Semester course; 3 lecture hours. 3 credits. Examines health and health disparities among African-Americans in the U.S. Explores the primary health concerns and issues in the African-American community. Topics include impacts of infant mortality, cardiovascular disease, AIDS, violence and cancer on the overall health status of African-Americans.

AFAM 311. African Diaspora Experiences. 3 Hours.

Semester course; 3 lecture hours. 3 credits. Traces the geography and history of dispersed African peoples from their motherland to all parts of the world and reveals the cultural, social, political and economic developments of peoples of African descent worldwide. Surveys the evolution and implication of the trans-Atlantic, trans-Saharan, and trans-Indian Ocean slave trade, in particular the dimensions of experiences of African-descended peoples with emphasis not only on North and South America but also the Caribbean, Europe, Asia, Papua New Guinea and Australia.

AFAM 315. Economic Development. 3 Hours.

Semester course; 3 lecture hours. 3 credits. Prerequisites: ECON 203 with a minimum grade of B and ECON 211; or ECON 210 and ECON 211. An introduction to the process of economic development. Surveys development theory and experiences of underdeveloped countries of Africa, Asia, Latin America and the Caribbean and of developed countries. Explores obstacles to development and policies and tools for stimulating economic development. Crosslisted as: ECON 315/INTL 315.

AFAM 318. Politics of Race, Class and Gender. 3 Hours.

Semester course; 3 lecture hours. 3 credits. A study of the racial, class and gender influences on the history and development of political values, conflicts, processes, structures and public policy in the United States. Crosslisted as: POLI 318/GSWS 318.

AFAM 322. Personality and Behavior of the African American. 3 Hours.

Semester course; 3 lecture hours. 3 credits. Prerequisite: PSYC 101. A study of personality factors such as motivation, ego-functioning and the socialization processes, with special emphasis on living conditions of African-Americans. Crosslisted as: PSYC 322.

AFAM 333. Geography of Africa. 3 Hours.

Semester course; 3 lecture hours. 3 credits. A study of the land forms, climate, peoples, livelihoods, settlement patterns and cultural groupings of sub-Saharan Africa. Crosslisted as: URSP 333/INTL 333.

AFAM 342. African-American Art. 3 Hours.

Semester course; 3 lecture hours. 3 credits. Prerequisites: ARTH 104 and UNIV 200 or HONR 200, both with a minimum grade of C. A study of the art forms produced by Americans of African origin from the 17th century to the present with an emphasis on contemporary trends in black art. Crosslisted as: ARTH 342.

AFAM 343. Black Political Thought. 3 Hours.

Semester course; 3 lecture hours. 3 credits. An historical and sociological perspective on the political and social ideas of black thinkers from David Walker to the present. Crosslisted as: POLI 343.

AFAM 345. African-American Politics. 3 Hours.

Semester course; 3 lecture hours. 3 credits. In this course, students will discuss and analyze the dynamics of the black experience in the American political system. The status of African-Americans in the United States and the struggle for racial equality will be examined, as will the manner in which American institutions have responded to these phenomena. Students will examine the race/class metric in African-American politics, particularly policies of Affirmative Action as a black progress strategy. Crosslisted as: POLI 345.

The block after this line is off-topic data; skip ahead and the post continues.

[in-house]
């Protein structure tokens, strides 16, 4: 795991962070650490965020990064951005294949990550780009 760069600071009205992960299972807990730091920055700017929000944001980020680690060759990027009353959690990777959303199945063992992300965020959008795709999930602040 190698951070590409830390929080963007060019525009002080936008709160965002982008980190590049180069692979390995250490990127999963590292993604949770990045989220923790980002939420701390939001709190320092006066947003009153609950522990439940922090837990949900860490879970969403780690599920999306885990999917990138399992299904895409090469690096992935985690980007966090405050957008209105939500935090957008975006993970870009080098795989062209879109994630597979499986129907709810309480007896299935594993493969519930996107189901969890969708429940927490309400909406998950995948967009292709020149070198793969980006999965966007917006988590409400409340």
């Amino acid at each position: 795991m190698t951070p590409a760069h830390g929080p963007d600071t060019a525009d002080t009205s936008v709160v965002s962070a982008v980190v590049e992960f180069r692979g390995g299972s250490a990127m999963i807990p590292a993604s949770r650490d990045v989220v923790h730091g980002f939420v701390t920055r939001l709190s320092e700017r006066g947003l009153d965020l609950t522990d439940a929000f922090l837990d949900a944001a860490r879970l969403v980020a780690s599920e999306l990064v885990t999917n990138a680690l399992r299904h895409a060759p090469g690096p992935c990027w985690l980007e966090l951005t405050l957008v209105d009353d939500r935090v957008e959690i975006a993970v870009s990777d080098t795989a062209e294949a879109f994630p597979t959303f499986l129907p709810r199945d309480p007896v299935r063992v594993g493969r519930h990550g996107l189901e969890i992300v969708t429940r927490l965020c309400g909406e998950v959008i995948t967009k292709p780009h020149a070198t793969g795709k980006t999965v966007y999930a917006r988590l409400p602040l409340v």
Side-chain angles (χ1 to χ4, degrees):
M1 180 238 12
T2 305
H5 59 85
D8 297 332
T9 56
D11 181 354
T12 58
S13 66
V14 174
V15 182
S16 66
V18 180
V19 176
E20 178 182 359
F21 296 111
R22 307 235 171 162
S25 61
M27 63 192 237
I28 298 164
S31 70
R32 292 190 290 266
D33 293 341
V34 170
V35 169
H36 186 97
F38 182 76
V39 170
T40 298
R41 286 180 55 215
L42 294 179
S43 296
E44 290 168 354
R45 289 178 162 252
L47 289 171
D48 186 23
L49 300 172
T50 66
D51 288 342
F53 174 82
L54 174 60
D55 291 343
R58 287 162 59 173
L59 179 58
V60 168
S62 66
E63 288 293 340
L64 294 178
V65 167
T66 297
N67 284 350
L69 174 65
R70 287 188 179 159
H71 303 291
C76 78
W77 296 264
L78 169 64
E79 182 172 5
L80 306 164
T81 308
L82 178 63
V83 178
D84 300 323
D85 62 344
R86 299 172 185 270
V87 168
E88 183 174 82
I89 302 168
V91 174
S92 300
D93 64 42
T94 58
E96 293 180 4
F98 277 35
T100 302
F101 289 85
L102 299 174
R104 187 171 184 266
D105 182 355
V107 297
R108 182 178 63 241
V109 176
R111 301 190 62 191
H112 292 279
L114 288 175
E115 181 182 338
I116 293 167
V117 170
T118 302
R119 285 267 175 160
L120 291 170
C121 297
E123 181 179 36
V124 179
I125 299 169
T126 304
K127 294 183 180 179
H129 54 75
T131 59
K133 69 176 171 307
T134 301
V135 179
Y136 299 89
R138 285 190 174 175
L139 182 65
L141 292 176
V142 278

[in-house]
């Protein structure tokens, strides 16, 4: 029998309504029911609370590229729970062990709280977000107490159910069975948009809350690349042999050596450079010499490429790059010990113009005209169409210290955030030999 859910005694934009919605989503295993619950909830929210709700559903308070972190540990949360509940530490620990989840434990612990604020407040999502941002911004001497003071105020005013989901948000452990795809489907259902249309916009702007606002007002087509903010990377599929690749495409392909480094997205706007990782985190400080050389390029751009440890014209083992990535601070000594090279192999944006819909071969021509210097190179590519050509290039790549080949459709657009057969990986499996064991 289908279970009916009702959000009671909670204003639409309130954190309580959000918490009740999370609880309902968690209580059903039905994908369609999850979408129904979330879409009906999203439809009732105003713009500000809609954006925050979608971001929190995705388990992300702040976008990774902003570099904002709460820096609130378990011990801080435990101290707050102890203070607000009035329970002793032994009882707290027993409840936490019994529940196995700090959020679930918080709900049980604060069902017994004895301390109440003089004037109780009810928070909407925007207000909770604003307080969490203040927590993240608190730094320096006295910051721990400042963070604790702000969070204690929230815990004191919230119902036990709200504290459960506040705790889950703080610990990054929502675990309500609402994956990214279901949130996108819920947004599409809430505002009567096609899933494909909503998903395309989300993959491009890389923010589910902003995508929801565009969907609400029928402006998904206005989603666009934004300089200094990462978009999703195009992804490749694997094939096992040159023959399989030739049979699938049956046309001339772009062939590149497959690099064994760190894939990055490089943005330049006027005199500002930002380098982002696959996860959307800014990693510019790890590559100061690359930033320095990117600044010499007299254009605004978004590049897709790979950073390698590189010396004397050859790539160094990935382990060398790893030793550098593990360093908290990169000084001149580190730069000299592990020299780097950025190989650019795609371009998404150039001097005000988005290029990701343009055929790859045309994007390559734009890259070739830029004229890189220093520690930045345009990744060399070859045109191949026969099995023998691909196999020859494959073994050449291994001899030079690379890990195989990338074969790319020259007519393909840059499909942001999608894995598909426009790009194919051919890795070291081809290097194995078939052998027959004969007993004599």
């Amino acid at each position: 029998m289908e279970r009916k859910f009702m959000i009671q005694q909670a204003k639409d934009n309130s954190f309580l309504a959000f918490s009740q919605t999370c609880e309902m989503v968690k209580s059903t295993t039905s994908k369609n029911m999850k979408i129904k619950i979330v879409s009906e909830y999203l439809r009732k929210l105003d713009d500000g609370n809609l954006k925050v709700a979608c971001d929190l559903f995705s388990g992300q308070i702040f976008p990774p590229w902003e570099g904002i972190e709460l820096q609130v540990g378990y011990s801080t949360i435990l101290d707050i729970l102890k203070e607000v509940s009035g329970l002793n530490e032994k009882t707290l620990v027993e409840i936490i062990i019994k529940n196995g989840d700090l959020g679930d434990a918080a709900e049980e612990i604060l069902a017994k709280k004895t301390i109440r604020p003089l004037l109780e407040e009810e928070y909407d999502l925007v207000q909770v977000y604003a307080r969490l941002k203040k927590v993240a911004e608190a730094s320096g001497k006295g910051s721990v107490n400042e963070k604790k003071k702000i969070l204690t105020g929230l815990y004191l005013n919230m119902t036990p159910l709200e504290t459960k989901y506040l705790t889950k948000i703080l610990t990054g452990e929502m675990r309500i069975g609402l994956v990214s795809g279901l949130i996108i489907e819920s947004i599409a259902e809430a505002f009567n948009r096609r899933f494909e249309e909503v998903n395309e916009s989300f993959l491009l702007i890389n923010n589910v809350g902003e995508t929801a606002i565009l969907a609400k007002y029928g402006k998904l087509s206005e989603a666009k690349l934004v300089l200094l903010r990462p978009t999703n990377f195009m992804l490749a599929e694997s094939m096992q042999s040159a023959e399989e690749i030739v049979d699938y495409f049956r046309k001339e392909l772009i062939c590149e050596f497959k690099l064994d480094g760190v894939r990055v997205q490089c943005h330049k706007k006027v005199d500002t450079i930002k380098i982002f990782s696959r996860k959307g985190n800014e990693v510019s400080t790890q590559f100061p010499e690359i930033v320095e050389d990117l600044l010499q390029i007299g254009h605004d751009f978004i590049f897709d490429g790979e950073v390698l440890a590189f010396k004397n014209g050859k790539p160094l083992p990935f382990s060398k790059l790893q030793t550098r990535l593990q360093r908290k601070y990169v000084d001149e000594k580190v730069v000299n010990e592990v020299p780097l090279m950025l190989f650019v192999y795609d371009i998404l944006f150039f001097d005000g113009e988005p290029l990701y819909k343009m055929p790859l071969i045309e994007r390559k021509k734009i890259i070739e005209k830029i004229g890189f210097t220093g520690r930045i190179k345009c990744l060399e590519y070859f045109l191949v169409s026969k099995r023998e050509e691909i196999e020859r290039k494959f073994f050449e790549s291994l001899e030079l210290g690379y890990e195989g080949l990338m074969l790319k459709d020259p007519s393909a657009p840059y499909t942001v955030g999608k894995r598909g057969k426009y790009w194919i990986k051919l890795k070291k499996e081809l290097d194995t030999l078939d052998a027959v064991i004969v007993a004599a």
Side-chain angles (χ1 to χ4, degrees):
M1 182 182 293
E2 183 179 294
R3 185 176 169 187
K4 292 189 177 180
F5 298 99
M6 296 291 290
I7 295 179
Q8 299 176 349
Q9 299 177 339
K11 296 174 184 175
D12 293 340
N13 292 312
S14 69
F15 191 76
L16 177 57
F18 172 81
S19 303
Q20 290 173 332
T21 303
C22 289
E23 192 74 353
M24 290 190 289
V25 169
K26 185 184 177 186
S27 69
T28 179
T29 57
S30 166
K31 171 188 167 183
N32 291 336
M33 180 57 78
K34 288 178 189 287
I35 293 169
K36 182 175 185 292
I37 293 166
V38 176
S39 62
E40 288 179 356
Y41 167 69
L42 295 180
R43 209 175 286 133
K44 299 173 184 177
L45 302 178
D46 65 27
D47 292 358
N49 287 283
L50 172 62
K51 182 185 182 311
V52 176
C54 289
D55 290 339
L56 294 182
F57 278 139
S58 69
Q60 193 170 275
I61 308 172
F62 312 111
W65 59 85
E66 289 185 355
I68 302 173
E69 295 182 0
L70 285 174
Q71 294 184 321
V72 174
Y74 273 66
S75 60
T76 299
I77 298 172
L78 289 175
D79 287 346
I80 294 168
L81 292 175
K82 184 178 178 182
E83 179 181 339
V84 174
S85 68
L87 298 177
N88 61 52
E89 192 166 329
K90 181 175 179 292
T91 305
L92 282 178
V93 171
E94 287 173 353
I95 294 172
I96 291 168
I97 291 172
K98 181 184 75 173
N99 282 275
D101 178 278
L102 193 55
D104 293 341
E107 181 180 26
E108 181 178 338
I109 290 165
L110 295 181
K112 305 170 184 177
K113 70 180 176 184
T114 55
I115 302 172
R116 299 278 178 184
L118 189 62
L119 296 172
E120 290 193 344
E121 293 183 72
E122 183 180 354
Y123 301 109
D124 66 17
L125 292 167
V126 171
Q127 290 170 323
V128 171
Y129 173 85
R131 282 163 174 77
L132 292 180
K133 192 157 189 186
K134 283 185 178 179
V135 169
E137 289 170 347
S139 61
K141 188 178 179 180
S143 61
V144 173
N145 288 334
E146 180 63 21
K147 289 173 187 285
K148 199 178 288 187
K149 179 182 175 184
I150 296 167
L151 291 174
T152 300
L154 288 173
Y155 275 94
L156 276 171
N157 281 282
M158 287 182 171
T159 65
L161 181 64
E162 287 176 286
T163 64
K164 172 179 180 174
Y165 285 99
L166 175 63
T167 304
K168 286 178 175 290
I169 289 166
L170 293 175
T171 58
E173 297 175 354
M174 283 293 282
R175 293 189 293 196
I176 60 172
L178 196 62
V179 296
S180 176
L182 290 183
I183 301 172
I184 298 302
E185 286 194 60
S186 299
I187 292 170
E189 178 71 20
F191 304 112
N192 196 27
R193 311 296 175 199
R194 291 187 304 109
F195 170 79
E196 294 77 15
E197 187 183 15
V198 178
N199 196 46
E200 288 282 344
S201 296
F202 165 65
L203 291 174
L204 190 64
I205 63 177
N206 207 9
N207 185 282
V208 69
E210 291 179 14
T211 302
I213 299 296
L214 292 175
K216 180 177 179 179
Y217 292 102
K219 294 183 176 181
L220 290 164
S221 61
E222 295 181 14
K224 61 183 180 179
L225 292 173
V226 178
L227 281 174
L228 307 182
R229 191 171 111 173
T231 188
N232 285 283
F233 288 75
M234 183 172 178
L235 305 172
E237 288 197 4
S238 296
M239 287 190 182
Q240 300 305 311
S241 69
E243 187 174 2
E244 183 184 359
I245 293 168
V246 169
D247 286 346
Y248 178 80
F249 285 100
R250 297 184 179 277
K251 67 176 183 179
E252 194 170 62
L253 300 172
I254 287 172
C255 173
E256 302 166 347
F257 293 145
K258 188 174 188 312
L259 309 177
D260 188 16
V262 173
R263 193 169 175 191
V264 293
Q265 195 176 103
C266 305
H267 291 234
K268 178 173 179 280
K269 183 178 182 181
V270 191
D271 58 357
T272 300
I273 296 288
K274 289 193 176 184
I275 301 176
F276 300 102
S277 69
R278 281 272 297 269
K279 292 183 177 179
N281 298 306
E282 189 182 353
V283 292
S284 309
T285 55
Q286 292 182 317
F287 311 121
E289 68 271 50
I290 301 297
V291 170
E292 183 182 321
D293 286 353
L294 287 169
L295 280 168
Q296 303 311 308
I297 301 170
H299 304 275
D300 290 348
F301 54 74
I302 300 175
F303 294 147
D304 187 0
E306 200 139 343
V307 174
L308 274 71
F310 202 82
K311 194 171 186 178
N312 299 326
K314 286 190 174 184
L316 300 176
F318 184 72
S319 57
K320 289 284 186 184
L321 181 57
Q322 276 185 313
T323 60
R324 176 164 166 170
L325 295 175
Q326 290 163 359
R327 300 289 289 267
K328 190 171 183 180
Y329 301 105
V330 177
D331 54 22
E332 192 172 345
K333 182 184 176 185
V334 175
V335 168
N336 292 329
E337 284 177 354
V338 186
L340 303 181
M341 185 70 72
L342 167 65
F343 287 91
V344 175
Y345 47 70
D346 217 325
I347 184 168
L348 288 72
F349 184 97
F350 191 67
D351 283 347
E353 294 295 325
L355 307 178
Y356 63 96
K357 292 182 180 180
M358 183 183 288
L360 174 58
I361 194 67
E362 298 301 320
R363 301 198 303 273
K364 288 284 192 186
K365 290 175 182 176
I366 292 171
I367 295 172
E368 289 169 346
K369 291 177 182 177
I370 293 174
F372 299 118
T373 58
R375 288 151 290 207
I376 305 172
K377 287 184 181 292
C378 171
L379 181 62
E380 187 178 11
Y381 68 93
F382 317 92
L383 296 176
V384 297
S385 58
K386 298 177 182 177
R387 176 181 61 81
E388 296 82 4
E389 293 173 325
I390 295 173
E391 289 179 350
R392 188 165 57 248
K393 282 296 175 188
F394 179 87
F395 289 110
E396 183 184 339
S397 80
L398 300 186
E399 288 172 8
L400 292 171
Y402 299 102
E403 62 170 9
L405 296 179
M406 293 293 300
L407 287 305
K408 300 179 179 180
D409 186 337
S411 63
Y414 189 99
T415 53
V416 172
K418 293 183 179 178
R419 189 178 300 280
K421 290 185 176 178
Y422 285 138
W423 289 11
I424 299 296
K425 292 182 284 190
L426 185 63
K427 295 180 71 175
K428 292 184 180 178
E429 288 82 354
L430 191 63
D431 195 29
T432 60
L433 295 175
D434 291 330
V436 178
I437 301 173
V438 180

AFAM 346. Mental Health Across the African Diaspora. 3 Hours.

Semester course; 3 lecture hours. 3 credits. Surveys theory and research on the interaction of culture and mental illness focusing primarily on populations of African descent in a seminar format. Topics to be addressed, through the lens of the Africana world, include epidemiological and ethnographic research on major psychiatric disorders, culture-bound syndromes and idioms of distress, mental health of immigrants and refugees, and cross-cultural competence in clinical practice.

AFAM 347. African American Children and Families. 3 Hours.

Semester course; 3 lecture hours. 3 credits. Reviews cultural variations in the physical, cognitive, emotional and social development of African American children. Addresses historical and contemporary frameworks of child development and highlights the strengths and limitations of extant research paradigms in the study of African American children. Considers integrity-based approaches that explain the developmental competencies of African American children in response to environmental risks that exceed normative expectations.

AFAM 350. Studies in the Music of the African Continent and Diaspora. 3 Hours.

Semester course; 3 lecture hours. 3 credits. May be repeated for a maximum of 6 credits. Prerequisite: MHIS 243 or MHIS/AFAM 250. An in-depth examination of selected topics and issues in African-derived musical and cultural traditions. See the Schedule of Classes for specific topics to be offered each semester. Crosslisted as: MHIS 350/INTL 370.

AFAM 356. Government and Politics of Africa. 3 Hours.

Semester course; 3 lecture hours. 3 credits. This course will introduce students to the basic outlines of government and politics in Africa. The course will consider such topics as colonialism, elitism, and nationalism and modernization strategies. Using the comparative approach, the course will primarily focus on West, East and Central Africa. Crosslisted as: POLI 356/INTL 356.

AFAM 357. Politics of Southern Africa. 3 Hours.

Semester course; 3 lecture hours. 3 credits. An examination of racial and political developments in the southern tip of Africa. While South Africa will be the primary focus of analysis, other countries in the region such as Zimbabwe, Angola and Mozambique will be studied. Crosslisted as: POLI 357/INTL 357.